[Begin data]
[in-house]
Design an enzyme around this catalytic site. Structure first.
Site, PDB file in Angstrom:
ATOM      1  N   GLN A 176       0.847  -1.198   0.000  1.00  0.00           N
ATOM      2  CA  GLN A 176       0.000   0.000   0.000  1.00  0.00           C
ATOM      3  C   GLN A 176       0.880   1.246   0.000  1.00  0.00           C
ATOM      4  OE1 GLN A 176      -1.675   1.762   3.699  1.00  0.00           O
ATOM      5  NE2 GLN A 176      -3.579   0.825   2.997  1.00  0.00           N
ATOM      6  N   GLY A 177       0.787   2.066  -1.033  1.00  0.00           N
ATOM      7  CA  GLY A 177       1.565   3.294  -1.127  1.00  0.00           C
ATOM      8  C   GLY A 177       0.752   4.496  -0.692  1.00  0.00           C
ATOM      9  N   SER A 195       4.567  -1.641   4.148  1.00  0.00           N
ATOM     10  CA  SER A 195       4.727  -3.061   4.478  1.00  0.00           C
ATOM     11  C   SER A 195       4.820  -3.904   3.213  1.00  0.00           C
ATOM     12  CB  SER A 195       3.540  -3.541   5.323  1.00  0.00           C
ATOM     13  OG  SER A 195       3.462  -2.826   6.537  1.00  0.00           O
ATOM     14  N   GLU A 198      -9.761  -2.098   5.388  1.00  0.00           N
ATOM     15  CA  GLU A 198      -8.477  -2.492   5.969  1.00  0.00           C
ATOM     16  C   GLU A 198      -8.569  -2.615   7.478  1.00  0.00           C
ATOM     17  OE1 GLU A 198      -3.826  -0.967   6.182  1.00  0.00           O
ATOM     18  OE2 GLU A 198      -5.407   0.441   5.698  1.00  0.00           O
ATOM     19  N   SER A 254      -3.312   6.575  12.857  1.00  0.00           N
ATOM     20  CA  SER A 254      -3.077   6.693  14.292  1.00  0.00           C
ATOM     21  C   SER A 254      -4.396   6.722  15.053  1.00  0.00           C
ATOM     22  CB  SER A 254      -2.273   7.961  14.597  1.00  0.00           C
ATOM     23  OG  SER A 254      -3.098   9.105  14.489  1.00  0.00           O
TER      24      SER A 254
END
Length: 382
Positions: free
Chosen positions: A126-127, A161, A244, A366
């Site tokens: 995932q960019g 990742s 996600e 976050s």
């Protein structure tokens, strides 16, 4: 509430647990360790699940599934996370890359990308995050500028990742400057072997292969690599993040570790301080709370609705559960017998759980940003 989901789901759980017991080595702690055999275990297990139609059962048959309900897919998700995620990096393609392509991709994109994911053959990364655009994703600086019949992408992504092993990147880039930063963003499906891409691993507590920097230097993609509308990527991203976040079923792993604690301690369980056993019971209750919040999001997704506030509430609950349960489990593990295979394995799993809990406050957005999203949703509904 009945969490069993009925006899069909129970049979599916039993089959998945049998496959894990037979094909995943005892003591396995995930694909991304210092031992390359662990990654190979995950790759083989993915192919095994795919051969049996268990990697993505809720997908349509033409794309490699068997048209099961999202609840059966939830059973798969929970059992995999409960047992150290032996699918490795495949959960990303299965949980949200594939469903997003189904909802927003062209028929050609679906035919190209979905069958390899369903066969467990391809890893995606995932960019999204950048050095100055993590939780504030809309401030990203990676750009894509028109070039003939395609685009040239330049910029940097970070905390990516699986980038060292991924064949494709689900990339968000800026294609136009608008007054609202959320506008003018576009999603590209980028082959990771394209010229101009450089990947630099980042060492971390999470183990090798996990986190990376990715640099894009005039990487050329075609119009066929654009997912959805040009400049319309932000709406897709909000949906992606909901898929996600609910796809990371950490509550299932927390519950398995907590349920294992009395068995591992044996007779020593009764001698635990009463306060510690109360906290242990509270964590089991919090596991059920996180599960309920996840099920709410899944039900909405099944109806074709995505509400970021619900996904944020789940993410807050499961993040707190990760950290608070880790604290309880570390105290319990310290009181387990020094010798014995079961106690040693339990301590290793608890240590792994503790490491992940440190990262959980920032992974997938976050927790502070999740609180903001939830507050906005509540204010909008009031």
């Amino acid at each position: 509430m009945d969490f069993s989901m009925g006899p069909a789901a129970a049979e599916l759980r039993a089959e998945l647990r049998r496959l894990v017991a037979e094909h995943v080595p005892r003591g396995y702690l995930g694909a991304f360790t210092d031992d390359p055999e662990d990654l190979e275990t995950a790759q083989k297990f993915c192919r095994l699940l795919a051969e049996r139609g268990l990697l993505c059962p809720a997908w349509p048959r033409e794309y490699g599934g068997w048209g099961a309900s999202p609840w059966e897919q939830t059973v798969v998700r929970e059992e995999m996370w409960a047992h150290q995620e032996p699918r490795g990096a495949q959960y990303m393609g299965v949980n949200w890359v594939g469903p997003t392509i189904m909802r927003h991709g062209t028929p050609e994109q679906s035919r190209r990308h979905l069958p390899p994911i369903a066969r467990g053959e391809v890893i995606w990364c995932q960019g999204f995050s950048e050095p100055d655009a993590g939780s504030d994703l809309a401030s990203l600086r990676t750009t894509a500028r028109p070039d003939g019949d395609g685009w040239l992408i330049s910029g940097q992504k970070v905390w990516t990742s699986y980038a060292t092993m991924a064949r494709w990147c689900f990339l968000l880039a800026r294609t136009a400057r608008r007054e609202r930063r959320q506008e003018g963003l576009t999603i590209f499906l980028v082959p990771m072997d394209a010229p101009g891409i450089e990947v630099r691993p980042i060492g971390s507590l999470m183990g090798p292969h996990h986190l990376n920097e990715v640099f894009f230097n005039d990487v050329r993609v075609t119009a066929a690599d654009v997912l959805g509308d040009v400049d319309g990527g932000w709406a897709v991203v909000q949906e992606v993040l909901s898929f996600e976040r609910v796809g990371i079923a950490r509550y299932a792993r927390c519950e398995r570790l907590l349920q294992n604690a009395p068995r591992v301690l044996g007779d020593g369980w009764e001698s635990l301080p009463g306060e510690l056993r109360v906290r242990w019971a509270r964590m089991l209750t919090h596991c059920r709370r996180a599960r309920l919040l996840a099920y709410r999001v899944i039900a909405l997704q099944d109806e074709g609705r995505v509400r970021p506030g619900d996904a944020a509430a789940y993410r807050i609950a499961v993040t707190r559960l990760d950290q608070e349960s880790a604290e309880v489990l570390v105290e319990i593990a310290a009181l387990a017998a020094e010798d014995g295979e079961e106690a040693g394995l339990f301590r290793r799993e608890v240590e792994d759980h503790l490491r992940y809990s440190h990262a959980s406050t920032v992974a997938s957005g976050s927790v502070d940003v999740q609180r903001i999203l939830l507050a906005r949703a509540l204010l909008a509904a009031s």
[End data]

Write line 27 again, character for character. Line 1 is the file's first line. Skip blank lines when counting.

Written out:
TER      24      SER A 254